A report tonight out of Wisconsin says John Schneider's roots in Green Bay could lead to a new starting cornerback for the Seahawks.
Packers writer Bob McGinn of the Milwaukee Journal Sentinel writes Seattle's general manager, a former Packers executive, will seek Tramon Williams to replace unrestricted free agent Byron Maxwell as the Seahawks' starter opposite All-Pro Richard Sherman should Williams reject Green Bay's contract offer to return there.
McGinn is a veteran with connections inside the Packers' organization, so I would give this story more credence than many of the national reports we've seen about the Seahawks in the last year.
Such as, oh, the team already having a new deal with still-no-new-deal Marshawn Lynch as of LAST MONTH. Or the one of them being tired of Lynch's "act" and bound to have already released him by now.
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McGinn notes Schneider helped bring Williams, who turns 32 this month, to Green Bay in 2006 via the Packers' practice squad. Williams became a starter in Green Bay in 2009 -- the year before Schneider left the Packers to become Seattle's GM -- and has missed just one game in the last five seasons. McGinn reports Williams has rejected what "sources" told the Journal Sentinel was the Packers' two-year contract offer of $8 million. He averaged $8.25 million in base salary through this past season, though it's unlikely he will command nearly that much at his age as a free agent.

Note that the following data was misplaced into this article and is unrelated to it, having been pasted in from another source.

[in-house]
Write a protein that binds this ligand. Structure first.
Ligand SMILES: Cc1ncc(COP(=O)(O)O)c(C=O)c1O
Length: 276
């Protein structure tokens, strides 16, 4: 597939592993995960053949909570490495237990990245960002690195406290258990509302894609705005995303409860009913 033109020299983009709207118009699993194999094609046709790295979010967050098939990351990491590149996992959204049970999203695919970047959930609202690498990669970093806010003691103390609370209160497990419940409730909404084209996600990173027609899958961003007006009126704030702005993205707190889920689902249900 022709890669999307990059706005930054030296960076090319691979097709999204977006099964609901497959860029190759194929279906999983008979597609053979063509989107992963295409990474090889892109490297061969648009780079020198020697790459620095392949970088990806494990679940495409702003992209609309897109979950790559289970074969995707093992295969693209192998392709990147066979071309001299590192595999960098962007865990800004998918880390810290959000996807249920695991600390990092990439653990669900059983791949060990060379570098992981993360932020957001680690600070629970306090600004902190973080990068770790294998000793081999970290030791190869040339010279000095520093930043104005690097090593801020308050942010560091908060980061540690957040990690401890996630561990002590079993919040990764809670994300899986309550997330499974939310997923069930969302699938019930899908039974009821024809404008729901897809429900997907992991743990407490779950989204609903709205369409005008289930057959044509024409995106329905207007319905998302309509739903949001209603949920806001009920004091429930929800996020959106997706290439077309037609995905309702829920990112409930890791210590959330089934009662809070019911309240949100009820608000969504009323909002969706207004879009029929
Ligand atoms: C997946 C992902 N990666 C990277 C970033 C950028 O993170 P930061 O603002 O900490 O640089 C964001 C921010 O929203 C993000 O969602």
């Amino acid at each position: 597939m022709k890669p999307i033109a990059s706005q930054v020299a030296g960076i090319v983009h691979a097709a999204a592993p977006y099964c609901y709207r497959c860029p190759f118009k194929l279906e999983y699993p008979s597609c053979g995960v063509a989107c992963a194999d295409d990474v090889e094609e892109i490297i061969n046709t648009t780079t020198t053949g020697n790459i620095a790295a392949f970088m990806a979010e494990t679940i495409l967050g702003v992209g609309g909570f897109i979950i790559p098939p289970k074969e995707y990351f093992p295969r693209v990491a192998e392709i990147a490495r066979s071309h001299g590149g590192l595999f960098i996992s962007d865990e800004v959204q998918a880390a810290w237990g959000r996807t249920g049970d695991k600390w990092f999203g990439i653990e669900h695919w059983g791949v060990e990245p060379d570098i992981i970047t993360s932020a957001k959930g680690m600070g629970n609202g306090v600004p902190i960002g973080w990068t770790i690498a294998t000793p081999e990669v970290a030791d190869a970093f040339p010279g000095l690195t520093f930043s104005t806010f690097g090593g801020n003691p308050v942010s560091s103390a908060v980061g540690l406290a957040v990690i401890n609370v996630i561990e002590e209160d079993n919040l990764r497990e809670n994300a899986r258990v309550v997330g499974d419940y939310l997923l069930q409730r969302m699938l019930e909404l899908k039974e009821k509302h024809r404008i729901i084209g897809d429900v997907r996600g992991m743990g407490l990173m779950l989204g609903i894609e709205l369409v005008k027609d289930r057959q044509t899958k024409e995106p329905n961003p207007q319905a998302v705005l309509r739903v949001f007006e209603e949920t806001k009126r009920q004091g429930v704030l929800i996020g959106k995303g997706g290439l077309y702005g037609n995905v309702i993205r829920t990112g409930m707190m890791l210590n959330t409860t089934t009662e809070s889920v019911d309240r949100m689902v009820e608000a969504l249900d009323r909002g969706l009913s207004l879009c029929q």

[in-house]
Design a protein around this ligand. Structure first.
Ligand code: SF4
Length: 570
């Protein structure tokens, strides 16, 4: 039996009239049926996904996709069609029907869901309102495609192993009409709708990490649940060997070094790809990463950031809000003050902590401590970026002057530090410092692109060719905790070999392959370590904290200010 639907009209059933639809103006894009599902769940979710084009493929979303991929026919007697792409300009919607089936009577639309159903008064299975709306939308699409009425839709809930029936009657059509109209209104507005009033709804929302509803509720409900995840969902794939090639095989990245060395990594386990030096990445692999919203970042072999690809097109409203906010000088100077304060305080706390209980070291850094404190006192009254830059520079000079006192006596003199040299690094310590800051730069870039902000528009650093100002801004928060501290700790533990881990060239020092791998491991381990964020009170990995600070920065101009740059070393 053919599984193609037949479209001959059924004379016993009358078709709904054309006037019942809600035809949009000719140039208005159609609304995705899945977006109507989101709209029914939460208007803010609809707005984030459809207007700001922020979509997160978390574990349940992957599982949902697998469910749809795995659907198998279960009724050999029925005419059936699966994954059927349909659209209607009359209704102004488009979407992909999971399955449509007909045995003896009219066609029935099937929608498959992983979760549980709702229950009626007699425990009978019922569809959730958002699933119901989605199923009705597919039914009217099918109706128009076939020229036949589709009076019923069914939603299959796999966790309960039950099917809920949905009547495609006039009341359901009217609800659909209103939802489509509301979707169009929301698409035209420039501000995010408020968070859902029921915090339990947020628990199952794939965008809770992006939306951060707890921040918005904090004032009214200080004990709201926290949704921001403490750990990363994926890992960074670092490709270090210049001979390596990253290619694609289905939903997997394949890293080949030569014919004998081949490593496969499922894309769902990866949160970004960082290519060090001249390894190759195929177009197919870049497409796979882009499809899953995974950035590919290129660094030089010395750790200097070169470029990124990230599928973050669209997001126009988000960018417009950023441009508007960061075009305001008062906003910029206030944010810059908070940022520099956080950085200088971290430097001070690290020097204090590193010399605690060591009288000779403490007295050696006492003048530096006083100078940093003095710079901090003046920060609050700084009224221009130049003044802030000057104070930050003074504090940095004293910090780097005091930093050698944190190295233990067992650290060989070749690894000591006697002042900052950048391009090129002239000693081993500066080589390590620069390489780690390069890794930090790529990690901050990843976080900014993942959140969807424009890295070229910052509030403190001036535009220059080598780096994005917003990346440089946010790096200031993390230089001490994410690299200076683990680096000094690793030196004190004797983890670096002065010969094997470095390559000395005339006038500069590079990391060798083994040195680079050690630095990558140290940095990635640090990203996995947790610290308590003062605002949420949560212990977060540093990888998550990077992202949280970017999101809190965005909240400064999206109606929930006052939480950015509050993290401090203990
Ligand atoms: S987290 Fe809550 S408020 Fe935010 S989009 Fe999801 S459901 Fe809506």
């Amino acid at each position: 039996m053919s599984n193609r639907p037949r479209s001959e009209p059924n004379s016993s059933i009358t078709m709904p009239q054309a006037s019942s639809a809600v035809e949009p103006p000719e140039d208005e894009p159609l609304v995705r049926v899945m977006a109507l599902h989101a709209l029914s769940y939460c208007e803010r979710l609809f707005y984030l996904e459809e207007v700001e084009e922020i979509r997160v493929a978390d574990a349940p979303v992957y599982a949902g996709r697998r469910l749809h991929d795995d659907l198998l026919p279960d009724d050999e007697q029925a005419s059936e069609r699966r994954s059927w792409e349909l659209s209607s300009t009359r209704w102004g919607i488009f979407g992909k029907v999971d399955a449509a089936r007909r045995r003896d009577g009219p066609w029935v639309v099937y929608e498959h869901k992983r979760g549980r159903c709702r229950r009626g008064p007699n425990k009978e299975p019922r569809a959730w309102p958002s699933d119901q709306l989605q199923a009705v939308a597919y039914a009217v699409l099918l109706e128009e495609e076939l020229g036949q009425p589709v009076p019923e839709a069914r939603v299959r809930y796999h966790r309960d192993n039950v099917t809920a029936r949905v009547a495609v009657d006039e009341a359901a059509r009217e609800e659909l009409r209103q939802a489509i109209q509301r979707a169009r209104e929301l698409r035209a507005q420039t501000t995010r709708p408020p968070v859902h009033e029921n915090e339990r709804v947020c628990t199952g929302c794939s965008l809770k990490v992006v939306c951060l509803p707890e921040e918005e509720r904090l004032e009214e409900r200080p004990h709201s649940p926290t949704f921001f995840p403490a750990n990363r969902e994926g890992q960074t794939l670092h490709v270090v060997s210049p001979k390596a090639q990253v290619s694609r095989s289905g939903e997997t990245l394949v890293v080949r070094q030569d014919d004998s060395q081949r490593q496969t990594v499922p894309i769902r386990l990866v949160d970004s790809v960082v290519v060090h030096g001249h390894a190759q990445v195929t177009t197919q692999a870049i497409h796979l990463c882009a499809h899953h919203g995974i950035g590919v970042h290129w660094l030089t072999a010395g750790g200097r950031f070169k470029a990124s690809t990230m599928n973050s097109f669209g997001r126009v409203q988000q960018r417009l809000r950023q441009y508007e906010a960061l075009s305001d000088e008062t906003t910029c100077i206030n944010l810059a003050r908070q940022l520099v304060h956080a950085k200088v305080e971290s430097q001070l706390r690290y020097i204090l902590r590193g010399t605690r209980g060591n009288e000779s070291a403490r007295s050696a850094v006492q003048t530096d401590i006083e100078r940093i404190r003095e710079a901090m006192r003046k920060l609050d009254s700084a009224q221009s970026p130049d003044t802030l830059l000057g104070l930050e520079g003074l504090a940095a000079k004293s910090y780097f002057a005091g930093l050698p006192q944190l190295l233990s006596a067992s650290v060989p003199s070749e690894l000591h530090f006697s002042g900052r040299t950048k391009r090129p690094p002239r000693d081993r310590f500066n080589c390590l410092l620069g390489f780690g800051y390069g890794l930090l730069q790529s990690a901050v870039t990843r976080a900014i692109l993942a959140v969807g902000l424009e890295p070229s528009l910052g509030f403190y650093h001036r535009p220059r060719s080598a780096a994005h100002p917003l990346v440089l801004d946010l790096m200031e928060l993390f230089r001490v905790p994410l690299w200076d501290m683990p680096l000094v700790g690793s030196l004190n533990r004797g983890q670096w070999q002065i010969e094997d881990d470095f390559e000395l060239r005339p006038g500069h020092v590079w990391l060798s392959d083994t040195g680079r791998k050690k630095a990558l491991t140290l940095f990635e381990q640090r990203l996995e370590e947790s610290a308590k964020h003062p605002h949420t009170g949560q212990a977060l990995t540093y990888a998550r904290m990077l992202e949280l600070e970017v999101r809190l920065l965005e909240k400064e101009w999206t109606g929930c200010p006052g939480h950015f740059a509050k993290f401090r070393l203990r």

Williams is best and most recently known in the Pacific Northwest for being the Packer in the picture above. Williams was riding on the shoulders of Jermaine Kearse trying in vain to dislodge the ball as Kearse carried him into the end zone for the overtime touchdown that won the NFC championship for the Seahawks on Jan. 18. Before you decry the Seahawks for targeting a guy burned by Kearse for the score that clinched Seattle's Super Bowl appearance, remember: Williams was stranded in one-on-on coverage with no inside safety help for 40 yards after quarterback Russell Wilson caught Green Bay in an inexplicable "cover zero" (no safeties in the middle of the field knowing a TD ends the Packers' season). Wilson audibled to the decisive pass and Seattle completed its miraculous comeback from being down 16-0 late in the third quarter to reach the Super Bowl for the second consecutive time.
The Seahawks have money and need to spend at cornerback. Maxwell is likely leaving in a hot market for him that will open when league free agency begins Tuesday. Schneider has all but conceded Maxwell will get offered more from other teams than Seattle will be able and willing to pay to retain him, given the Seahawks' other priorities: a new deal for Lynch (should he finally get around to telling the team he wants to play in 2015), new contracts for Russell Wilson and Bobby Wagner plus needs for a defensive tackle, offensive linemen and big wide receiver(s).
Last month at the Super Bowl, Maxwell told me he loves the Seahawks and playing in Seattle "but I have to take care of my family." That almo$t alway$ mean$ goodbye.
Tharold Simon is the heir apparent to Maxwell currently on Seattle's roster. He just finished an up-and-down first NFL season, following a 2013 lost to foot injuries. The Seahawks like Simon's length and aggressiveness, but he was prone to personal fouls and lapses this past season. New England and Tom Brady picked on him in last month's Super Bowl for two touchdowns, after the broken arm sustained by Jeremy Lane forced Maxwell to nickel back and Simon into the game. Plus, Simon just had shoulder surgery that will require months of rehabilitation.